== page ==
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Rebuilding Manchester

Ever heard the saying that variety is the spice of life? Well it couldn’t be more true for housing.

Neighborhoods in bloom require a diverse mix of housing. Residents of varying ages, incomes, and lifestyle choices require different housing solutions. These options enable a neighborhood to flourish with a diverse set of residents. Some prefer apartments. Some prefer to own. And ownership can come in many forms. Whether its a condo, duplex, town home, or single family house-the right housing is ultimately based upon the preferences and budget of the buyer.

Up until recently, Manchester has primarily been known for its apartments. The neighborhood has seen more apartment construction recently than virtually any part of the city as highlighted in Richmond Magazine’s Boomtown article. Most, but not all of this development has been happening in the the Industrial section of Manchester and along the Semmes and Commerce corridors.

But have you driven through the residential section of Manchester lately? Between Commerce and Cowardin, and bounded by Hull St to the East and Semmes to the West, there is a steady stream of owner occupied construction-primarily duplexes to be more specific. While each of these projects are smaller in scale when compared to the 100+ unit apartment buildings going up further to the north, don’t confuse smaller scale with having less impact.

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A successful neighborhood needs owner occupied housing stock. Apartment renters who live in the area need home purchase options in close proximity when they are ready to make the leap from renting. Throw empty nesters into the mix who want an urban walkable neighborhood, and you can understand what is driving the construction in Manchester’s residential district.

We would be remiss to mention this residential construction without referencing Robin Miller and Dan Gecker. How these two business partners came to own 153 Manchester properties and vacant lots is an interesting story.

According to Richmond BizSense, “Harwood Cochrane, founder of Overnite Transportation and local philanthropist, had donated 30 acres of land throughout Manchester to the VMFA.” This apparently was after Mr. Cochrane bulldozed most of the Screen Shot 2016-03-13 at 6.05.54 AMold historic houses that once sat on these lots. Apparently Cochrane considered the properties to be blighted and beyond repair. He also considered them an eyesore surrounding his Overnight Transportation corporate headquarters (what is now UPS).

I suspect that many folks would disagree with that assessment if presented with the same situation today. Historic preservation has gained more traction and popularity these days. But regardless of whether you agree with Mr. Cochrane’s decision to level huge swaths of Manchester, he created a clean slate that is driving the residential building boom we see now.

Not knowing what to do with its huge land and property donation, according to Richmond BizSense, VMFA put out a “request for proposals, seeking possible plans from developers for the donated land. Miller and Gecker competed against four other developers and ultimately bought several parcels for $4.77 million that included several single-family homes and some larger plots for development.”

Given this concentration of ownership, the speed, quality, and mix of residential development in Manchester rests largely in the hands of Miller and Gecker. It presents a great opportunity. However, I suspect it is also an enormous challenge given the sheer number of vacant parcels. If you walk the neighborhood, you see multiple instances of entire city blocks sitting vacant waiting for development activity to begin. Miller and Gecker’s master plan as posted on their website gives a rough idea of what they have in mind.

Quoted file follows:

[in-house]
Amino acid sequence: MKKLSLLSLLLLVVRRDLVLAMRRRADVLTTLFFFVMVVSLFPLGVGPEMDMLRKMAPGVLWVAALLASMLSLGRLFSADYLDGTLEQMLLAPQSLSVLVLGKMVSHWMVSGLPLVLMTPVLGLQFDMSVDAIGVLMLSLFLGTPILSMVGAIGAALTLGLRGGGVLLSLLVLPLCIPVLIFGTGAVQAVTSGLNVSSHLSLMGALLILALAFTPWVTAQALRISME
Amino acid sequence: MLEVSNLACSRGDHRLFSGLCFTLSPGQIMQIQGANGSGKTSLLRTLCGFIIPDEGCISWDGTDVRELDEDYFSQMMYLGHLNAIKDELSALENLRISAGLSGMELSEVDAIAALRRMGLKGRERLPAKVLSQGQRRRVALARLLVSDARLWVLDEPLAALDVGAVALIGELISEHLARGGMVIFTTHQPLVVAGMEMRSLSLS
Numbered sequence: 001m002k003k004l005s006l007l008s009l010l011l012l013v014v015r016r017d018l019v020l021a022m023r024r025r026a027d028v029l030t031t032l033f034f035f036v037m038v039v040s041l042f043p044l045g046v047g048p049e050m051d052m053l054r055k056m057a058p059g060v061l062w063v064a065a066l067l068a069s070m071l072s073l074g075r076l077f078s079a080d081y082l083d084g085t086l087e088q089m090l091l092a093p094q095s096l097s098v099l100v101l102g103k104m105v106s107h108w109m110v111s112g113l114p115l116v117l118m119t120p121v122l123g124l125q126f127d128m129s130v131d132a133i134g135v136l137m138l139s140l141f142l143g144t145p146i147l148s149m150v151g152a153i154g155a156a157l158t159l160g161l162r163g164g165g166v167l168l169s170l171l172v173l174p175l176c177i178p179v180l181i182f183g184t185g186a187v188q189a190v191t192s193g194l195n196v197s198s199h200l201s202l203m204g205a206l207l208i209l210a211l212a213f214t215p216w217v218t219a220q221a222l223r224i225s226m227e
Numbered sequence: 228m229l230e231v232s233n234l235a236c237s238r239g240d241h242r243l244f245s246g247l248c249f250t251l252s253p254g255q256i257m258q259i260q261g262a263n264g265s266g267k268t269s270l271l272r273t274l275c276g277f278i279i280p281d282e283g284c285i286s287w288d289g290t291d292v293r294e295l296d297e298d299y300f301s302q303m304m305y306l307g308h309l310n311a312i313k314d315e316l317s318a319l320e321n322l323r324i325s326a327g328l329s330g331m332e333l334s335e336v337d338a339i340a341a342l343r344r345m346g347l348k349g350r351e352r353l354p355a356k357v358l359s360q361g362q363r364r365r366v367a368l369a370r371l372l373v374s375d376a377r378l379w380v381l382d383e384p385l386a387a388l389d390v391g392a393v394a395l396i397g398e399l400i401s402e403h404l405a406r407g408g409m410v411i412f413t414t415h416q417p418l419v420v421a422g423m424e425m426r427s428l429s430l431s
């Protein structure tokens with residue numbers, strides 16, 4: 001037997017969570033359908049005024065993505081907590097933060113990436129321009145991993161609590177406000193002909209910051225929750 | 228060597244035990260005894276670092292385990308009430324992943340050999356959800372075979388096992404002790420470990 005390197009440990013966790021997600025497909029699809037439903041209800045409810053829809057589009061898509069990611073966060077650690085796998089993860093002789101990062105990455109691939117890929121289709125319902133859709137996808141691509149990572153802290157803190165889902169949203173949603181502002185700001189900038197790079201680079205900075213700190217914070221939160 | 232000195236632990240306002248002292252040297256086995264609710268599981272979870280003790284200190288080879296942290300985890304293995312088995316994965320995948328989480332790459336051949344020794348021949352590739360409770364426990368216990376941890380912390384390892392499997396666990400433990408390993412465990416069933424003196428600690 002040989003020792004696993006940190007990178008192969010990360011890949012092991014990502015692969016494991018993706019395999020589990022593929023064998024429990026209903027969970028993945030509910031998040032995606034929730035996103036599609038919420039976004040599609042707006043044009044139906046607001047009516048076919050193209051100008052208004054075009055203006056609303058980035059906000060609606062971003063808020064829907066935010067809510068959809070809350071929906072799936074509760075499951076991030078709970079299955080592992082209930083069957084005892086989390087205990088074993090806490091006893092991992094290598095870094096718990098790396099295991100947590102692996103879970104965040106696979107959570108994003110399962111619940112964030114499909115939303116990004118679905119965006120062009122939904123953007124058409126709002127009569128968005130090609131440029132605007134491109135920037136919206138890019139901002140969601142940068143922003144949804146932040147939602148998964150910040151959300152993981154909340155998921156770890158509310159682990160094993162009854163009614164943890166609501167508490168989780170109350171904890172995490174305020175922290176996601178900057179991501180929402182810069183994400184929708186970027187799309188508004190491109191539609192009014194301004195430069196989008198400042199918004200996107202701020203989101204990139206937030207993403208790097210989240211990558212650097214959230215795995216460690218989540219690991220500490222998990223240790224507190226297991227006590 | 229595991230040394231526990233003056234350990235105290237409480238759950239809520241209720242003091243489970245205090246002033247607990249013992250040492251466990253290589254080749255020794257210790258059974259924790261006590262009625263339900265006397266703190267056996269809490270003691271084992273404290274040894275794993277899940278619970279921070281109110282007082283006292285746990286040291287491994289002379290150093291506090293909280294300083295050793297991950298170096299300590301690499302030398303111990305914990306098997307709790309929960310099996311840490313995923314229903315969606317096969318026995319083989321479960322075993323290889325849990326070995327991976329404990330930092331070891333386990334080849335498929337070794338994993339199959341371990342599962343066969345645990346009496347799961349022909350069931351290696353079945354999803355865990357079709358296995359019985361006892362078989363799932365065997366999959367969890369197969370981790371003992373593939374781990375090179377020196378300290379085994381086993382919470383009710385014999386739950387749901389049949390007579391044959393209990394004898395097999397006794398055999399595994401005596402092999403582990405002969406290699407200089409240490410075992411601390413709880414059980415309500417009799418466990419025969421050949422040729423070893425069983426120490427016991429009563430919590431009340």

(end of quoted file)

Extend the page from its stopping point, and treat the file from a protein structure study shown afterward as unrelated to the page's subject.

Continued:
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And there are multiple examples of renovation of existing properties and new construction that they have completed so far. In fact just today, Carol Hazard from the Times-Dispatch did a lengthy piece on their most recent duplex which has a modern design and rooftop deck.


Here’s to hoping that the pace of construction is rapid so that infill weaves together this neighborhood before the next economic cycle causes the progress to slow, or even stop. But let’s also hope that the pace is not too quick causing the market to flood with more housing than the neighborhood can absorb. Given the once in a generation opportunity, it would be a shame if local architects, designers, and craftsmen aren’t given the creative license to take some chances and create truly unique housing that stands the test of time.

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Let’s hope Miller and Gecker continue building and that they get it right for the sake of Manchester. Or if they have more land than they can reasonably hope to develop in their lifetimes, let’s hope they sell off a few pieces here and there to those who can help move Manchester along.

However it turns out, it will be exciting to watch this massive building process unfold. It isn’t often that you are able to see an entire urban neighborhood being built…or rather rebuilt…right in front of your eyes.

135 thoughts on “Rebuilding Manchester

  1. I would like to see Miller and Gecker putting their money where their mouth is and integrating some section 8 housing in with all of their buildings. The stain that Cochrane left on Manchester lingers among the few old timers who remain and is just one of a large litany of examples in Richmond where money trumps morality and decency. While not their fault, these developers could do SOMETHING to keep Manchester and eventually Blackwell from turning into Church Hill, where rent prices and house prices drive anyone who doesn’t make 6 figures away.

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